The DSC Jaipur Literature Festival, held January 21-25 at the Diggi Palace in Jaipur, India, is the biggest literature festival in the Asia Pacific region and supposedly the biggest free literature festival in the world. I spent the festival investigating the new culture of literary glamour that has arrived in the subcontinent.
i. Do glamour and literature make good bedfellows, or should they stop hooking up?
Jaipur is a city on the edge of desert. It is a few-hour or half-day drive from New Delhi (depending on who you’re asking), which is India’s publishing and intellectual capital. I’ve never been to The Hamptons, but Jaipur feels like it could be an equivalent, except the white linen and Bentleys are exchanged for multicolored, mirror-work ethnic wear and camel carts. It is also the bastion of very old money, meaning the town is populated with the offspring of an 11th century clan of feudal rulers known as the Rajputs, who built hundreds of opulent palaces, most of which have been turned into tourist attractions or guest houses.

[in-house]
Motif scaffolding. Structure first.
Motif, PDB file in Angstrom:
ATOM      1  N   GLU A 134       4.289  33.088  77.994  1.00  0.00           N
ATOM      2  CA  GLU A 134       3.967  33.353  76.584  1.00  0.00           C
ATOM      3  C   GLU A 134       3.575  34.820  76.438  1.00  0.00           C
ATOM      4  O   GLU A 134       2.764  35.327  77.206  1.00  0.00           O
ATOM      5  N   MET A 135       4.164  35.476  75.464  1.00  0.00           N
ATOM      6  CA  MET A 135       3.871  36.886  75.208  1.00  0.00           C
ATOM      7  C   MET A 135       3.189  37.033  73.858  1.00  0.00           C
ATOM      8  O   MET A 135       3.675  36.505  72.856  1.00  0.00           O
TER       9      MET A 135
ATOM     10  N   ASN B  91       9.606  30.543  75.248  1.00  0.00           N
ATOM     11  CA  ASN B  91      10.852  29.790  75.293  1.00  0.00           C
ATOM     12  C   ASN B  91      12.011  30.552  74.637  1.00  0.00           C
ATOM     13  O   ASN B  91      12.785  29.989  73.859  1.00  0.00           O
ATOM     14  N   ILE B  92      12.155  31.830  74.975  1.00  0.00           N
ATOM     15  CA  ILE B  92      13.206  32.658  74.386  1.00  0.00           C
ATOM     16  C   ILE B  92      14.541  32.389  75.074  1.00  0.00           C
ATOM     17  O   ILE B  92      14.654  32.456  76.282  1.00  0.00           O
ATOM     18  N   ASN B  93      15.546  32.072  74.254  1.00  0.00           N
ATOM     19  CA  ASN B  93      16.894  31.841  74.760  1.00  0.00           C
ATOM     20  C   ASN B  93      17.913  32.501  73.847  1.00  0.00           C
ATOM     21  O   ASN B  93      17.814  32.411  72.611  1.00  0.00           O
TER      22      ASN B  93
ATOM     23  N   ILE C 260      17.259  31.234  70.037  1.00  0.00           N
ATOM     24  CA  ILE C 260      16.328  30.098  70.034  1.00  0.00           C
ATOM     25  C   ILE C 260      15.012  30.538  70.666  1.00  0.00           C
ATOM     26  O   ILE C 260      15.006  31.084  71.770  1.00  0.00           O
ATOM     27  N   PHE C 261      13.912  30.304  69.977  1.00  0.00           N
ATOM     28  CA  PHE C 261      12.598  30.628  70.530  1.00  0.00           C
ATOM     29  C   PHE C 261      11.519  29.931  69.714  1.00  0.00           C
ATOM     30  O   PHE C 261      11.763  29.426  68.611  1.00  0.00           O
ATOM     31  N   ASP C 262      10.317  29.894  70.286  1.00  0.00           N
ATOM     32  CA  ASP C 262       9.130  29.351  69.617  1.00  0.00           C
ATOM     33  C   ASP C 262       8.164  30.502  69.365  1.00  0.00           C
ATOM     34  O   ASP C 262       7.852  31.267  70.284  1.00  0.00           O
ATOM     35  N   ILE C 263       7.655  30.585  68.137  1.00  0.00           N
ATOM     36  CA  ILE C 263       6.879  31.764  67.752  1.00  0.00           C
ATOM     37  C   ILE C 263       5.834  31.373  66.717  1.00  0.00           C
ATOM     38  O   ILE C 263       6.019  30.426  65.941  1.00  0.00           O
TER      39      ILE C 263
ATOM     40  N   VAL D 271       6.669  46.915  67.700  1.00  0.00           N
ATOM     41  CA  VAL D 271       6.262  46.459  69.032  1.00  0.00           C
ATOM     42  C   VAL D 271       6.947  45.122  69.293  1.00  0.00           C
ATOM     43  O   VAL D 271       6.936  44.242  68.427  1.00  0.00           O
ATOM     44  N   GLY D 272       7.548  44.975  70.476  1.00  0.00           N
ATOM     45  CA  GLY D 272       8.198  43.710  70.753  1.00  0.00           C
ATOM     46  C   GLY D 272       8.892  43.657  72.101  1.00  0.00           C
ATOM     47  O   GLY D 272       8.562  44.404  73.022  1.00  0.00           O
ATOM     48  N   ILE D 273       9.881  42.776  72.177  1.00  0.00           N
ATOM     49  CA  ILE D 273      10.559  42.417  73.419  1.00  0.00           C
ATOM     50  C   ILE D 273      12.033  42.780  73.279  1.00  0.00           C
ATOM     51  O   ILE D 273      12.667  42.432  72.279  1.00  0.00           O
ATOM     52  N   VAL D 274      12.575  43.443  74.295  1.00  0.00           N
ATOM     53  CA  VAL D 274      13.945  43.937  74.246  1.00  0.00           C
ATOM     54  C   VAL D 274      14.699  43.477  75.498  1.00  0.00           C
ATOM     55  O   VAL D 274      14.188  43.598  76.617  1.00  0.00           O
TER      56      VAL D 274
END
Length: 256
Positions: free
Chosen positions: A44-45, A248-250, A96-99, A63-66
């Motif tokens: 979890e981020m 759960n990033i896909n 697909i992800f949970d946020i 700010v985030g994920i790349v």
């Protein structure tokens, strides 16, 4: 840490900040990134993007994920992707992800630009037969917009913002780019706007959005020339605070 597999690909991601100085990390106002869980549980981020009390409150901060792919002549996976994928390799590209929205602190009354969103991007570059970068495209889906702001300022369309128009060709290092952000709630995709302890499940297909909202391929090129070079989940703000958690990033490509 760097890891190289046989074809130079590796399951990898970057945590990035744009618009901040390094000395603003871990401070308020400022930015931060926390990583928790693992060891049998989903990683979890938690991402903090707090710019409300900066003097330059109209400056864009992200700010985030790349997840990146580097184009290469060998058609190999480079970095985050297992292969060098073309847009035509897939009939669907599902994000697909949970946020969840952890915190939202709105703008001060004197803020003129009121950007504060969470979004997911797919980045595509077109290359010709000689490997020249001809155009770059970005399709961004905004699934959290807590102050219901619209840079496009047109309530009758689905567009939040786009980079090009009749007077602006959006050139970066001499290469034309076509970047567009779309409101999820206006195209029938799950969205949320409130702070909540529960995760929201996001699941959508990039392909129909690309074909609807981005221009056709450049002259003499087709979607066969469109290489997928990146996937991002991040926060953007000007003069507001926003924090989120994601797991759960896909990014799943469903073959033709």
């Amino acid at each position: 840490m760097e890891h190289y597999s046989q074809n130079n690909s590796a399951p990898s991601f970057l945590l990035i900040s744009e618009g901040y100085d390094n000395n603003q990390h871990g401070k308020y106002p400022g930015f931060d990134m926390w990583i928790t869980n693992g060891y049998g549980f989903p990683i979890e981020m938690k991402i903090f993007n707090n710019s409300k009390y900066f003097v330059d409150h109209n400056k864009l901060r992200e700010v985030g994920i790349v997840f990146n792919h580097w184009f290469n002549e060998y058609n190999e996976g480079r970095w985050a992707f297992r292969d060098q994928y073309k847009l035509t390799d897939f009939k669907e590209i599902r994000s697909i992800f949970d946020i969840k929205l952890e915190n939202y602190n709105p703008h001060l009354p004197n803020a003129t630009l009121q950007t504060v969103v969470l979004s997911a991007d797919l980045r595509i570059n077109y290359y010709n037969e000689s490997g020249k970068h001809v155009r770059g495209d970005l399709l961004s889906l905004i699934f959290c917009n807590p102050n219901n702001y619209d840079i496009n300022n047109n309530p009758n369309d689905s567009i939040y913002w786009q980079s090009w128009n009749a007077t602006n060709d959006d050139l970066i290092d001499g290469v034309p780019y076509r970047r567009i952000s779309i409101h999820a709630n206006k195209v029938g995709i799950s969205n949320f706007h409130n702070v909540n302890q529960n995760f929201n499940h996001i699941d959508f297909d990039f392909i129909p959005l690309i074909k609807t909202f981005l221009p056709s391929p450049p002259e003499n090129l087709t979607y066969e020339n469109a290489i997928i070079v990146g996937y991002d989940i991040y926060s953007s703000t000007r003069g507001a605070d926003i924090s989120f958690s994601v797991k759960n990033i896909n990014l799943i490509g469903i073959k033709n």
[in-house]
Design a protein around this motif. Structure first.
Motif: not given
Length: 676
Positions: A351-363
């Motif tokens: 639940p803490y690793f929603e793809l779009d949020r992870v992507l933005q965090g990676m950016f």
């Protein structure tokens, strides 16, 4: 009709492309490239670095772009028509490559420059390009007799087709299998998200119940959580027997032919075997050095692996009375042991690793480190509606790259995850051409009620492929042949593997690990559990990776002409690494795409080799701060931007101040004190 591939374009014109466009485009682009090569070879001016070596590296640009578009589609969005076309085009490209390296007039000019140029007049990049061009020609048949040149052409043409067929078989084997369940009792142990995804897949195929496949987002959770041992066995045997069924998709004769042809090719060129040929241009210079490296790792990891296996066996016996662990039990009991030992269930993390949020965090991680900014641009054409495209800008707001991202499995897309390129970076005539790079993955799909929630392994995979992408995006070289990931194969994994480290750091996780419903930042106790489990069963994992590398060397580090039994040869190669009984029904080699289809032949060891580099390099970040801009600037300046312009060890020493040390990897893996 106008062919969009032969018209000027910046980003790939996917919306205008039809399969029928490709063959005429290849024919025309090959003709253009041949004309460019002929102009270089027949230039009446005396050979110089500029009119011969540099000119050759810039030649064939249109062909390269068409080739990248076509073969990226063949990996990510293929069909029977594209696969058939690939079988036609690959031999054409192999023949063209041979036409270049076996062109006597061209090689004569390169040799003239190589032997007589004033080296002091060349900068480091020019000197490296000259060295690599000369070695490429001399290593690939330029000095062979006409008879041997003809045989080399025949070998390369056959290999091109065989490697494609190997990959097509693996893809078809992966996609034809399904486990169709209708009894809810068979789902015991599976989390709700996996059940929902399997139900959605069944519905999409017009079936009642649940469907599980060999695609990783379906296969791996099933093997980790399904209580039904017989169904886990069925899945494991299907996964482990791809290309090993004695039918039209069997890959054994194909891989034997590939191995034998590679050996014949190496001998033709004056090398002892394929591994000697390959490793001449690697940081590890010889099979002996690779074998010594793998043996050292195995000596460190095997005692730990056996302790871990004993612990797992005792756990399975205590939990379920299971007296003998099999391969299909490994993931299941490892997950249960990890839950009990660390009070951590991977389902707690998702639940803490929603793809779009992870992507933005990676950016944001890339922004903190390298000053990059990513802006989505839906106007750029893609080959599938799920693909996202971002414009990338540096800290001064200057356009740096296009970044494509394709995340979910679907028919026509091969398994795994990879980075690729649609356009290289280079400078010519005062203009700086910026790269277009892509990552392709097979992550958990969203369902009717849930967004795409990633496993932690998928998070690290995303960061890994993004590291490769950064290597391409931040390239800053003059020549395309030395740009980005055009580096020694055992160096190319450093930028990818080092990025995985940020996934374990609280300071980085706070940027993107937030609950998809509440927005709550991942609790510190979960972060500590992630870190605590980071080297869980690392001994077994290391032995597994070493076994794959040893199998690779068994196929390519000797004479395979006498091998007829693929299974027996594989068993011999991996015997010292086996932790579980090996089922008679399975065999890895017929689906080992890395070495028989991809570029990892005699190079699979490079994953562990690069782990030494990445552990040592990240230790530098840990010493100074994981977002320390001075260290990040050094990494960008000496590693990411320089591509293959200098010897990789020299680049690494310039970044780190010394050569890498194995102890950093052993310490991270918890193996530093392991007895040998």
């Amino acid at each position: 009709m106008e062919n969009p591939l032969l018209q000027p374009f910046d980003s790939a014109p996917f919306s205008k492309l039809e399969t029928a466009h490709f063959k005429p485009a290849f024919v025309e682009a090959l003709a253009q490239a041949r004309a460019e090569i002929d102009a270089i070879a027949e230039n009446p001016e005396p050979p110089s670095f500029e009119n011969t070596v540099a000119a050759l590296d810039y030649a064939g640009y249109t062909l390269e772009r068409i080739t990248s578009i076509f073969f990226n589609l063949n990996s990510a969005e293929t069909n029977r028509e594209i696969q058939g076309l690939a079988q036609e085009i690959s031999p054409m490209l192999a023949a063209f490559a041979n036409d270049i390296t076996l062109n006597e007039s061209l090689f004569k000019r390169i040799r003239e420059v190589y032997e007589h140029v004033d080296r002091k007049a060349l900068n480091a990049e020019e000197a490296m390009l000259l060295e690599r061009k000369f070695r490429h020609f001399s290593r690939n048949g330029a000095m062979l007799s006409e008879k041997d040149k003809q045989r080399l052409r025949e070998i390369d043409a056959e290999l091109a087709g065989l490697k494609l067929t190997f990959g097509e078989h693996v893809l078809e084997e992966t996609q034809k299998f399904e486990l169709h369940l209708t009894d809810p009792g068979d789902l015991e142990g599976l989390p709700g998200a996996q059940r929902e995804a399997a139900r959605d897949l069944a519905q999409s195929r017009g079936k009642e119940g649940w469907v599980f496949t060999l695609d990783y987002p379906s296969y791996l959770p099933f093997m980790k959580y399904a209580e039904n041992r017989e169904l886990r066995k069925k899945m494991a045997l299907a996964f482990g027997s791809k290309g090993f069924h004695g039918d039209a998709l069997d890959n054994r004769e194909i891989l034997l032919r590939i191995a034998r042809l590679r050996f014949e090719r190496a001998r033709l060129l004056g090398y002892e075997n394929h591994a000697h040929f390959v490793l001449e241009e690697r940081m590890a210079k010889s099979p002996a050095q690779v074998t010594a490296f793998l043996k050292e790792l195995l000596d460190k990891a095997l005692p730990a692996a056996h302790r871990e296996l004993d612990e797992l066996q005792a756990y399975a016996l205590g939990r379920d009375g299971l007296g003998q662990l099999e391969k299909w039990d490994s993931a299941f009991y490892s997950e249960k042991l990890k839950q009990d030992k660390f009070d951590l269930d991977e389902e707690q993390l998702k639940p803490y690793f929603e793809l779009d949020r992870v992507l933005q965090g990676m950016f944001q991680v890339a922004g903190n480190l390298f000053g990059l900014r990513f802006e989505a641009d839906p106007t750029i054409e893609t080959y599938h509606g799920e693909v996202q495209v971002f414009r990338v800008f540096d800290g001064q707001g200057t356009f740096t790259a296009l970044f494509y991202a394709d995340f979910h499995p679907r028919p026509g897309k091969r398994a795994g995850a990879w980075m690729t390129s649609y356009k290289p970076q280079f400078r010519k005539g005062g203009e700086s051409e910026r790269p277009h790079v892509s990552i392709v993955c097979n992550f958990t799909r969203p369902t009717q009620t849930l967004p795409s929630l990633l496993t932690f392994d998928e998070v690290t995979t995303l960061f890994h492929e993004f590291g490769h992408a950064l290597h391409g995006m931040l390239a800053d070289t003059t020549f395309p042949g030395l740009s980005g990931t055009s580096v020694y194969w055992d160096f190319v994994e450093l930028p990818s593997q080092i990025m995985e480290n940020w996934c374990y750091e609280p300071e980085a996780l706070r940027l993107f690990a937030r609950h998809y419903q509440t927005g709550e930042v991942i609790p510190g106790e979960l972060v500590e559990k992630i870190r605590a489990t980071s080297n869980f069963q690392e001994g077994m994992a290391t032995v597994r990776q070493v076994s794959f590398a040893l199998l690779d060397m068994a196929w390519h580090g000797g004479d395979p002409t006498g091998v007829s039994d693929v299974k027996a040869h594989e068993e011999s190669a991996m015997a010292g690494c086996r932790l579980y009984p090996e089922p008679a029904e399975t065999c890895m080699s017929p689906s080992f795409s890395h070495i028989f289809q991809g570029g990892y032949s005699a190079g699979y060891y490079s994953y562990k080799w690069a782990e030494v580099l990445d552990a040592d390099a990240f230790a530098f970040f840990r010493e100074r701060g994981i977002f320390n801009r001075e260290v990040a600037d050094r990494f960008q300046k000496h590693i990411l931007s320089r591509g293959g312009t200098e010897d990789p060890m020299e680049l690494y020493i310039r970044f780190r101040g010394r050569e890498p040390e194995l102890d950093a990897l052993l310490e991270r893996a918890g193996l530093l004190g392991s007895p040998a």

Hearing writers speak under grandly decorated tents at a Rajput mansion built in the 1860s gives all of the Jaipur Literature Festival’s events (even a panel named “The Return of Philosophy”) an inherently glamorous feel. Glamour is defined as “the quality of fascinating, alluring, or attracting, especially by a combination of charm and good looks,” and it is the preposition that makes me suspicious when it comes to the literary scene. But maybe, just two months in to a year of living in India, I’m just not used to it. Because in my experience, book events in America are held in convention center rooms under florescent lights, or in the children’s section of a bookstore set with uncomfortable folding chairs, or in the usual stronghold of American literary glamour: the grimy bar. READ MORE >
February 1st, 2011 / 10:56 am